First-year assistant professor Lana Lopesi has been recognized with one of the highest honors bestowed by the New Zealand government.
Lopesi is a Samoan writer, editor and art critic who joined the UO’s Department of Indigenous, Race, and Ethnic Studies, part of the College of Arts and Sciences, this fall. At a ceremony in April, she’ll receive the New Zealand Order of Merit in recognition of her services to the arts.
For the past decade “I've been committed to writing arts journalism celebrating and engaging critically with Pacific art,” Lopesi said. “Pacific art is one area where there are a lot of people doing incredibly well in New Zealand, but it's completely unwritten about and underexamined.”
The award came as a surprise, Lopesi said. Most recipients are older and further along in their careers.
Lopesi completed her doctorate in 2021 at Auckland University. Her thesis examined shifts in Pacific Islander art over time, studying how the digital age has shaped the themes reflected in art. She’s also served as an editor and writer for numerous New Zealand publications and initiatives, including the Pacific Arts Legacy Project, which is currently being turned into a book project to be released this fall by Penguin Random House.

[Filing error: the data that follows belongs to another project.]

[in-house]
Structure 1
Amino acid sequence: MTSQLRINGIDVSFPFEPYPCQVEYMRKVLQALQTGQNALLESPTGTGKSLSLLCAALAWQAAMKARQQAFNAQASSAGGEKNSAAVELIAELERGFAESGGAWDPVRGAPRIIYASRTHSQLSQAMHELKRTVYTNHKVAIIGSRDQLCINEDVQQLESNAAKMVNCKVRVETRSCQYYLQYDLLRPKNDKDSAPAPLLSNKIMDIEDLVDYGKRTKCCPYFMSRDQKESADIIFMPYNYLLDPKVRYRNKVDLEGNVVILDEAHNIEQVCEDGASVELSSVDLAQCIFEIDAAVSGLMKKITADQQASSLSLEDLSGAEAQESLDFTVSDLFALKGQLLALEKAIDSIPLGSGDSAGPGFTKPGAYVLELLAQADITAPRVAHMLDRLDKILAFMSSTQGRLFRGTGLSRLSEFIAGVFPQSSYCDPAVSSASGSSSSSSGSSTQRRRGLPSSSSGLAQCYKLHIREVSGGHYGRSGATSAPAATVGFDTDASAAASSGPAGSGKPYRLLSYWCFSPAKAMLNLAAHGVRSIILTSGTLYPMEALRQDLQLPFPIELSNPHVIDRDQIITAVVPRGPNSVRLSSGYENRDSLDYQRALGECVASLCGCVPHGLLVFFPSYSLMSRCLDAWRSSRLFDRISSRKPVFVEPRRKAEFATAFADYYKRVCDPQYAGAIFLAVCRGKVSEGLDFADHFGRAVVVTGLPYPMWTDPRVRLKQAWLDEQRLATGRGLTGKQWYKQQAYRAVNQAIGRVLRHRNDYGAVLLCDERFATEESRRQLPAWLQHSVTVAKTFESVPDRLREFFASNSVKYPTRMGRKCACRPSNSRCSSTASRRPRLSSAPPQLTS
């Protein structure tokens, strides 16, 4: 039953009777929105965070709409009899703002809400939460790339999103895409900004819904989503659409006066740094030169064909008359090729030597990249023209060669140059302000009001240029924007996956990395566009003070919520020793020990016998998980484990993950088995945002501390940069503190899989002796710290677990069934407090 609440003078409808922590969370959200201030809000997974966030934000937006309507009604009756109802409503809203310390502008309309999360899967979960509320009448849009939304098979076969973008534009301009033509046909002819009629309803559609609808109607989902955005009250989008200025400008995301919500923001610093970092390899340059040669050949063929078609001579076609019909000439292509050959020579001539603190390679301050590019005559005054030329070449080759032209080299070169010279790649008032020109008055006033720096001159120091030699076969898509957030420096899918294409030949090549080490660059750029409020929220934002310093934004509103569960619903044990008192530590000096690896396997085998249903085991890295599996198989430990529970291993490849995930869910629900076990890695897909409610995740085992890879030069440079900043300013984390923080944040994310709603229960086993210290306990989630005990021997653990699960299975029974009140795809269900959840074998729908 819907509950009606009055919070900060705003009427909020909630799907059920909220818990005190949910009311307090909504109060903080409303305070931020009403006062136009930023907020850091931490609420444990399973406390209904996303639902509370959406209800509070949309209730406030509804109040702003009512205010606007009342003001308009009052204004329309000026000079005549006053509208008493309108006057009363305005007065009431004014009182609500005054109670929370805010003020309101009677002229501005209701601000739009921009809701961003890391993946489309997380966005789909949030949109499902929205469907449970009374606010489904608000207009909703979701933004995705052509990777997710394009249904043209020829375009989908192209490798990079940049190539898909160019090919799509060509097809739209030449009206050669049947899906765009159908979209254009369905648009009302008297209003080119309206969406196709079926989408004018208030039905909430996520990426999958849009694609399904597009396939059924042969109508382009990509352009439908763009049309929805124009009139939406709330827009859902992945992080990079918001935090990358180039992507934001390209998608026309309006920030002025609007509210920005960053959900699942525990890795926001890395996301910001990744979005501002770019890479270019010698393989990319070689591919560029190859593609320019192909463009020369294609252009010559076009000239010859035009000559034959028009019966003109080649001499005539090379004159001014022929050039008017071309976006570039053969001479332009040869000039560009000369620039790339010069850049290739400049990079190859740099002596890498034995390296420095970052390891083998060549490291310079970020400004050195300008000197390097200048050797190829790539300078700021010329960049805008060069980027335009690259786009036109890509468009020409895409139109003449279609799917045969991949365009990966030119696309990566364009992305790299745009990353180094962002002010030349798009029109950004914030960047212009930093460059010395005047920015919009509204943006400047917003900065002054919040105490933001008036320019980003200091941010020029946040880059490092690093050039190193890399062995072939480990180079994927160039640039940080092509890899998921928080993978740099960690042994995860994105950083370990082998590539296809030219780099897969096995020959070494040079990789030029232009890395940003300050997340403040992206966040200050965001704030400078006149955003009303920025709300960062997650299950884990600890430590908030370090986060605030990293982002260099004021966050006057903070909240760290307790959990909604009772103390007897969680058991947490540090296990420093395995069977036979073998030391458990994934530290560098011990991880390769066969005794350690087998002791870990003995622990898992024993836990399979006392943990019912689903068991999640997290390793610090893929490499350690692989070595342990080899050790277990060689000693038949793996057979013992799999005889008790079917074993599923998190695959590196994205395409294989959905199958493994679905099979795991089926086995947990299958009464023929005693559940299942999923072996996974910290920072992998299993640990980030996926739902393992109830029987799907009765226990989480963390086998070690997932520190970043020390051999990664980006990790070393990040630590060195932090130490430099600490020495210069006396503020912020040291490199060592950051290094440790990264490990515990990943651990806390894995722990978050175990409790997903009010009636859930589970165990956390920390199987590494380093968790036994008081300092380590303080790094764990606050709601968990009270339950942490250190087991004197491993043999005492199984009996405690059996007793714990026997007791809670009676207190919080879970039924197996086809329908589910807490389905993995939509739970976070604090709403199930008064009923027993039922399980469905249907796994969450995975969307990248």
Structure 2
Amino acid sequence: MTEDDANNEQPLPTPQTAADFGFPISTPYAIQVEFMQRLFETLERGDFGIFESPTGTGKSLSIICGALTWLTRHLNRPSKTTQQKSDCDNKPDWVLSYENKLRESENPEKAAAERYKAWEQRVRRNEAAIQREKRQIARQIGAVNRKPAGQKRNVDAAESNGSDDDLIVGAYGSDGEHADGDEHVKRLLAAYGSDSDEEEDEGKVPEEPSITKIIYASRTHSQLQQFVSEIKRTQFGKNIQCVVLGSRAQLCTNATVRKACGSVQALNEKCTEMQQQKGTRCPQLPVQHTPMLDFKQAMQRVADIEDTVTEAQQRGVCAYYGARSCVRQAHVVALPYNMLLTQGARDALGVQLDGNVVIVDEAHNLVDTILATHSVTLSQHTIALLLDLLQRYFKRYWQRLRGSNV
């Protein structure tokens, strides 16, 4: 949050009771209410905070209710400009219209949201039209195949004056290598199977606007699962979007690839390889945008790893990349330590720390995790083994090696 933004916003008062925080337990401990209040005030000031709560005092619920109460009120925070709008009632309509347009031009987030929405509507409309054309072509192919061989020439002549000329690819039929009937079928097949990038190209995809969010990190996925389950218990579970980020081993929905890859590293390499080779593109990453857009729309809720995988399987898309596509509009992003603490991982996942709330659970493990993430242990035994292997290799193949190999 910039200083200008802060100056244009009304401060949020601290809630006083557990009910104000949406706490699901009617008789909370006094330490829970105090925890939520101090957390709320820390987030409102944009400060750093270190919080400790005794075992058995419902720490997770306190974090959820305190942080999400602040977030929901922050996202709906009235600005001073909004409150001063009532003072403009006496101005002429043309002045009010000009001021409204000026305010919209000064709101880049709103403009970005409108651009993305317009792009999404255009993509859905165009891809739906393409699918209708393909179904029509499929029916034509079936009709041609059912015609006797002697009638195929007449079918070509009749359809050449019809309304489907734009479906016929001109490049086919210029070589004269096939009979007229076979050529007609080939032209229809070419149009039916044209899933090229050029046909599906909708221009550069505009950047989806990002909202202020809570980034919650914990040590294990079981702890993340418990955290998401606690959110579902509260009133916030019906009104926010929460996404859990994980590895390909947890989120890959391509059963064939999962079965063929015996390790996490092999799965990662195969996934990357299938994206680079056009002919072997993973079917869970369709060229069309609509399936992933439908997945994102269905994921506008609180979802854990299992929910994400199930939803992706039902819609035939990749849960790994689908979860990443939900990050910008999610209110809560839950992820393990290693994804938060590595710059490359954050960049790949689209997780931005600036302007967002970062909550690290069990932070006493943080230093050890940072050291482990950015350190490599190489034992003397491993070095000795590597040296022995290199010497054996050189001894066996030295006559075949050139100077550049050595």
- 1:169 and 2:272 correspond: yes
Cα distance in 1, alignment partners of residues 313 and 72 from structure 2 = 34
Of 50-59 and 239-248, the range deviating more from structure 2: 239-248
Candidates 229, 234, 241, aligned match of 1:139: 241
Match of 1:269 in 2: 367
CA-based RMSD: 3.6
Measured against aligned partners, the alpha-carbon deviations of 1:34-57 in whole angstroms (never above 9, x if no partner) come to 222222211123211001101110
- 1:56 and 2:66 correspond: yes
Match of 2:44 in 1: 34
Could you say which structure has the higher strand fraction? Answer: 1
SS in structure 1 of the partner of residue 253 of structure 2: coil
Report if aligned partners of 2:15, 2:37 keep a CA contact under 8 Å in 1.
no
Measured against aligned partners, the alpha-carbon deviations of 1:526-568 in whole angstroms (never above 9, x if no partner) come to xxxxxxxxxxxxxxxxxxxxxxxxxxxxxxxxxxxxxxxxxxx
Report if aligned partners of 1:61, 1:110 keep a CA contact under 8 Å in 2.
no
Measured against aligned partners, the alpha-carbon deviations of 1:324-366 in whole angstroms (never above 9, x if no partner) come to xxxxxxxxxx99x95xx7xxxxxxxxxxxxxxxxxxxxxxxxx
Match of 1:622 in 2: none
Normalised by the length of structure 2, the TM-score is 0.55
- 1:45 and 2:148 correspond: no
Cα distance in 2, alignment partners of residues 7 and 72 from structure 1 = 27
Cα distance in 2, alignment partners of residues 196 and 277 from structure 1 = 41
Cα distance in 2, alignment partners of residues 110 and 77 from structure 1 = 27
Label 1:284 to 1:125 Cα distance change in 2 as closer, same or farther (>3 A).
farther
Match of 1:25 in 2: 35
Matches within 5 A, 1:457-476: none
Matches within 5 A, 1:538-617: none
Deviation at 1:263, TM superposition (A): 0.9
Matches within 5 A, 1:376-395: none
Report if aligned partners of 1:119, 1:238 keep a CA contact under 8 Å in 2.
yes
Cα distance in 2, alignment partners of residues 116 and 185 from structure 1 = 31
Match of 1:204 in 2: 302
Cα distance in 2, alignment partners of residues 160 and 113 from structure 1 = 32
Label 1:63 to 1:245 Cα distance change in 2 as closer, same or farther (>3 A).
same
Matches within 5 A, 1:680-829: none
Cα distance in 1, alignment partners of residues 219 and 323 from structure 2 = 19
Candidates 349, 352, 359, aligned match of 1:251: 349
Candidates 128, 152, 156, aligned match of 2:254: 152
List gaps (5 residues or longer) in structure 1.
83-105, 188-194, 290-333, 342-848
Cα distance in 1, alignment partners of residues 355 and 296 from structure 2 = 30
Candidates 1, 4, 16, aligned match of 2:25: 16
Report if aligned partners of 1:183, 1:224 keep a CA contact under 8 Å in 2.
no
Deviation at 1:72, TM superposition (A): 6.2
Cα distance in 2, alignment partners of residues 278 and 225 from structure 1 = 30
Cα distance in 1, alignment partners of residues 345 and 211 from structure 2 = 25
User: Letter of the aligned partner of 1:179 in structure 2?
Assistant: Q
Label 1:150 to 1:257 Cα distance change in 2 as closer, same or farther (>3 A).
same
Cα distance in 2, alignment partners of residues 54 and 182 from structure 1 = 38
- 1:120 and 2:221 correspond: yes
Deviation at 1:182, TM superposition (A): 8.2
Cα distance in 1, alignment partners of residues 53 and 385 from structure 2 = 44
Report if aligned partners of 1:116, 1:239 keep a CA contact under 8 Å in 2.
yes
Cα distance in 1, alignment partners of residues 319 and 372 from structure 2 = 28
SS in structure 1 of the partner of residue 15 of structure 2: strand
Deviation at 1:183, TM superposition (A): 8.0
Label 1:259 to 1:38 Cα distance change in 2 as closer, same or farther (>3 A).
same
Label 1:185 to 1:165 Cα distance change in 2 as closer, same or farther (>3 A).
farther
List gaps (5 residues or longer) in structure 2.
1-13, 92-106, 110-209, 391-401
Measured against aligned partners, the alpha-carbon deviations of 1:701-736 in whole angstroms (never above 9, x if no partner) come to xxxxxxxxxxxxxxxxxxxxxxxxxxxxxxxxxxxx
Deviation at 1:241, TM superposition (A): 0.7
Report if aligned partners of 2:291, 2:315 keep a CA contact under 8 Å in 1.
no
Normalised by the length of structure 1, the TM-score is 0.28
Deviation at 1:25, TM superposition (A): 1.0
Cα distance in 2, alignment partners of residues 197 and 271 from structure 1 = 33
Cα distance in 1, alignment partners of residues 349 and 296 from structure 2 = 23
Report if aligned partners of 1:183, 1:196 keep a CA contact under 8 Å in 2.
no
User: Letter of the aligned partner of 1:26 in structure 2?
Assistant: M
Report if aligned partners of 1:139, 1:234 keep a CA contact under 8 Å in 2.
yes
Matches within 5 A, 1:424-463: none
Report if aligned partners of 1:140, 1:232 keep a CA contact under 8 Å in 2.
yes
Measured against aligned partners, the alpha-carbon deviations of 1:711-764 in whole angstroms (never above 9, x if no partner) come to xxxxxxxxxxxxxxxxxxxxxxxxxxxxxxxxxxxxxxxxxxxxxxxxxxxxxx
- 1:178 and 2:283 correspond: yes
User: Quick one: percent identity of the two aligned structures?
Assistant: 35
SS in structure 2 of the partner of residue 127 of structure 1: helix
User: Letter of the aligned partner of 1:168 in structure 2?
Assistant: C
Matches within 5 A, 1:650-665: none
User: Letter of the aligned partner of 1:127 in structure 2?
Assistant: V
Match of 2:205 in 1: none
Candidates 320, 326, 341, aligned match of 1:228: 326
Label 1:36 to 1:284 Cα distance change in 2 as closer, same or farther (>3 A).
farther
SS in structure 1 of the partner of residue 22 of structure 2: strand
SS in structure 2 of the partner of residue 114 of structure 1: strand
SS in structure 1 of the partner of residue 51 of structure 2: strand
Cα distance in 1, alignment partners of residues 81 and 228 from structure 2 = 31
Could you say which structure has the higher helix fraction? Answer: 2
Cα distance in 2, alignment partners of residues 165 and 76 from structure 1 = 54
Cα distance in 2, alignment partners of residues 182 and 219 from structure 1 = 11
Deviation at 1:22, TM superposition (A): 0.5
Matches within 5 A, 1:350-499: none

Lopesi initially became interested in Pacific art as a way to explore her own identity.
“It was a whole cultural context and worldview that wasn’t acknowledged,” Lopesi said. “I saw myself in that space. I realized my art form was writing, and writing about art, and I've stayed here ever since.”
With a career in art criticism and arts journalism already underway, Lopesi initially wasn’t sure if she wanted to enter the world of academia. But she was drawn to the interdisciplinary nature of the Department of Indigenous, Race, and Ethnic Studies in the College of Arts and Sciences, and the opportunities she’d have there.
In addition to continuing her research and writing a book, she’s teaching classes in Pacific Islander studies.
“For a lot of our students it's the first time they've had a Pacific professor and been taught from a Pacific perspective” she said. “That's been really cool.”